With several years’ experience working for environmental and sustainable development NGO’s in her native Vietnam, Quynh Trinh is very aware of her home country’s exposure and vulnerability to the impacts of climate change.
“That’s why I decided to study climate change - to support my communities, businesses, and the vulnerable in their mitigation and adaptation efforts,” she said.
Having just graduated from the Master of Climate Change program at the end of 2021, Quynh thinks back to the time when she first made the decision to apply for the program.
“When I read the program structure, I was excited because this was what I was looking for. The program provided me with core knowledge on environmental management and climate change, and the flexibility to design the learning in accordance with my preferred topic, which is the intersection between climate science and development.”
In addition to the core units of the Master’s program, Quynh completed elective courses about climate change vulnerability and adaptation, communication of climate policies, disaster risk reduction and environmental resource management, to name a few. She also completed a research project which investigated the sustainability of rice-shrimp farming in the Mekong Delta, and how it is impacted by climate change.
Whilst reflecting on the key learnings that she will take from the program into her future career, Quynh is philosophical.
“Successfully addressing climate change requires trust and cooperation between countries in relation to many factors. Vulnerable populations deserve more support to overcome their exposure to climate damages. In supporting them, we are making climate adaptation more just and equal,” she said.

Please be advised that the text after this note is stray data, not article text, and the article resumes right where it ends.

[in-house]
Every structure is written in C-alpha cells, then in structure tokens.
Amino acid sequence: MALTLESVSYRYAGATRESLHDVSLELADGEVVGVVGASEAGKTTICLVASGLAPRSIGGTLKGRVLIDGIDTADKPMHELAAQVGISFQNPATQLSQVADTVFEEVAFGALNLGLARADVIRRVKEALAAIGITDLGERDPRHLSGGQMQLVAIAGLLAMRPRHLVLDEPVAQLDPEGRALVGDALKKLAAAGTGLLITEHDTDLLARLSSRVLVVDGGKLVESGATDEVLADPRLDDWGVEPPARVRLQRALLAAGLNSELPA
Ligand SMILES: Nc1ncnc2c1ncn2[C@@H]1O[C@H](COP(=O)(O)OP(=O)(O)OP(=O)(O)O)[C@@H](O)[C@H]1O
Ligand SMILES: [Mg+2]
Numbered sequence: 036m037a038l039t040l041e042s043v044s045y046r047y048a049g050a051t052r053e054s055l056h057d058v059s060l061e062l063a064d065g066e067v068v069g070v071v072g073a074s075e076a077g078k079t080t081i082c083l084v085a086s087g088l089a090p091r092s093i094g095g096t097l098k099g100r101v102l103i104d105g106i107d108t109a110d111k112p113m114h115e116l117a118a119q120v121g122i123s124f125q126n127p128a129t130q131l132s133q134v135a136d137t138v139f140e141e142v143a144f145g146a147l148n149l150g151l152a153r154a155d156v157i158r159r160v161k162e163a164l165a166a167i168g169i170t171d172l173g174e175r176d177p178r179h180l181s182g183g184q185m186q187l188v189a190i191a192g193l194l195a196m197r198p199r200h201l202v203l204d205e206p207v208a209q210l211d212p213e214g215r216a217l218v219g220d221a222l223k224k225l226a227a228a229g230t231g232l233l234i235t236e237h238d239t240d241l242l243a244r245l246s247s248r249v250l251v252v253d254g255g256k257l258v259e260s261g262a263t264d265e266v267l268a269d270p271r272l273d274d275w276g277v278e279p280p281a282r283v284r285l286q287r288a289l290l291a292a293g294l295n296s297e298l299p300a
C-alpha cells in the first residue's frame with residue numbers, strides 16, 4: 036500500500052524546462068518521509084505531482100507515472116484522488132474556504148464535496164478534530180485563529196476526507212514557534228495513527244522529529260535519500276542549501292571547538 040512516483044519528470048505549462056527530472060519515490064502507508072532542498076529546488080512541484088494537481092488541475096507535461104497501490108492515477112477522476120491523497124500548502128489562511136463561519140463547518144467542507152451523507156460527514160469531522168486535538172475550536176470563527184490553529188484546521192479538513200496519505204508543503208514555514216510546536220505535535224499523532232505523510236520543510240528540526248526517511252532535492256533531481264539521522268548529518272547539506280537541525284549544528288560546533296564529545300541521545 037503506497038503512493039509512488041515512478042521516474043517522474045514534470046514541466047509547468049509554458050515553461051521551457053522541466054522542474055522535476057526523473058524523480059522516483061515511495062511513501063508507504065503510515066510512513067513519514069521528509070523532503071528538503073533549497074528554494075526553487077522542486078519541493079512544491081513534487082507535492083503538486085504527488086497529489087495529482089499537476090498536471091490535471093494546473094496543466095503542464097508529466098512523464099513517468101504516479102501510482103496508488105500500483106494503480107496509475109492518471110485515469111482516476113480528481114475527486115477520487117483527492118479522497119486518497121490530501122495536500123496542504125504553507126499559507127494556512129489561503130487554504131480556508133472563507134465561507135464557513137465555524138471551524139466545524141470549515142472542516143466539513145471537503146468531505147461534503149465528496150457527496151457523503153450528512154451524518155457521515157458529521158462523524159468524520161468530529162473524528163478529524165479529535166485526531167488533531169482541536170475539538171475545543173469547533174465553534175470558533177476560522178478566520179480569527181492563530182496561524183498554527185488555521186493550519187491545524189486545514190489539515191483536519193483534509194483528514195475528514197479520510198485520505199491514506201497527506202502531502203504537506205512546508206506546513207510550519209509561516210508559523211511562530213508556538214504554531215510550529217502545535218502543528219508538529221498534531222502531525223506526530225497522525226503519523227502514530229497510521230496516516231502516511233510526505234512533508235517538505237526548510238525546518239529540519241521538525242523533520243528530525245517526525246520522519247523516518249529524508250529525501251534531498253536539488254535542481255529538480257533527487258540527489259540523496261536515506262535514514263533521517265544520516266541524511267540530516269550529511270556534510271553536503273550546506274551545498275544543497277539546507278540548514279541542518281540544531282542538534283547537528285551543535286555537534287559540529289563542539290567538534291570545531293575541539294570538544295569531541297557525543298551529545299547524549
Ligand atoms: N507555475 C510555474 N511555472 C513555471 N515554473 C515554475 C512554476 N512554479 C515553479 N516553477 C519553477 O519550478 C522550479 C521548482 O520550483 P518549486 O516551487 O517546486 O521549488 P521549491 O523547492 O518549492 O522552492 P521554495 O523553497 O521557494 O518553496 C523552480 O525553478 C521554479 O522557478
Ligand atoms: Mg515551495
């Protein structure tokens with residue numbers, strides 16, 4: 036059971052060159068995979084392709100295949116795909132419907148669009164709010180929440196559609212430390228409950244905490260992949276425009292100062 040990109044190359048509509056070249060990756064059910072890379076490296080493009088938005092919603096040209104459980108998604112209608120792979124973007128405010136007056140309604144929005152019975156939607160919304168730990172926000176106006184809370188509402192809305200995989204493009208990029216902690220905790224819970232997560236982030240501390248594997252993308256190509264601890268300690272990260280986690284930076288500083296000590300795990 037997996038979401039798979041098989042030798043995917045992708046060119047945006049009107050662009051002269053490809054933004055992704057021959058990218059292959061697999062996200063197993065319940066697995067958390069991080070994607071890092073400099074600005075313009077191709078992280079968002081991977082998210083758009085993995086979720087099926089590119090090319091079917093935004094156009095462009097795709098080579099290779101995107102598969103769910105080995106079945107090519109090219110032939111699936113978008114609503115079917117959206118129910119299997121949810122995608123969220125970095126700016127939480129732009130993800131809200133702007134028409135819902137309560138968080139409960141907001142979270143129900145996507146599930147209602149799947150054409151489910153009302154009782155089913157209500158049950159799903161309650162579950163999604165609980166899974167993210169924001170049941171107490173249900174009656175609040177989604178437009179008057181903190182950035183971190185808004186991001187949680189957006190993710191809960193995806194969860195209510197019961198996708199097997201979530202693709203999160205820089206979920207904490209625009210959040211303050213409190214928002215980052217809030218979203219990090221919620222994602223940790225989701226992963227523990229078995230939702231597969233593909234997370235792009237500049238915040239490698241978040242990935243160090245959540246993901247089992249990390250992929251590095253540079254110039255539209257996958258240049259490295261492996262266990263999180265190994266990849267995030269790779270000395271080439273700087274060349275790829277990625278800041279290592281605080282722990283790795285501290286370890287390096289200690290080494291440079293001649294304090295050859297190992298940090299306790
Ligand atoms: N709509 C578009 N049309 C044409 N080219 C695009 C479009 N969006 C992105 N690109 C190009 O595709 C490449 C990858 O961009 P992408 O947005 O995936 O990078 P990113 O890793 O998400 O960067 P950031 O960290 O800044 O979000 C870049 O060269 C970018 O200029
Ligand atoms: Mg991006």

Quynh is very positive about the quality of her experience at ANU.
“I love the way lecturers deliver classes and facilitate discussions – they are very knowledgeable, open-minded and engaging with students. They also provided extra care and attention when the COVID pandemic required a change to online learning,” she said.
Quynh also welcomed the diversity of people within her student cohort.
“I enjoyed discussions with fellow students – as we come from different backgrounds and bring to the table unique insights on climate change, they were a good chance to learn from each other.”
With her Master’s program now completed, Quynh is dedicated to using her newly acquired knowledge to make a positive impact.
“I want to be an active professional and advocate for pro-climate policies. I enjoy interacting with different stakeholders, so I am keen to be a bridging actor between communities, the private sector and the public sector to collaboratively find solutions to climate challenges.”
To find out more about the Master of Climate Change program, please visit the Programs and Courses page.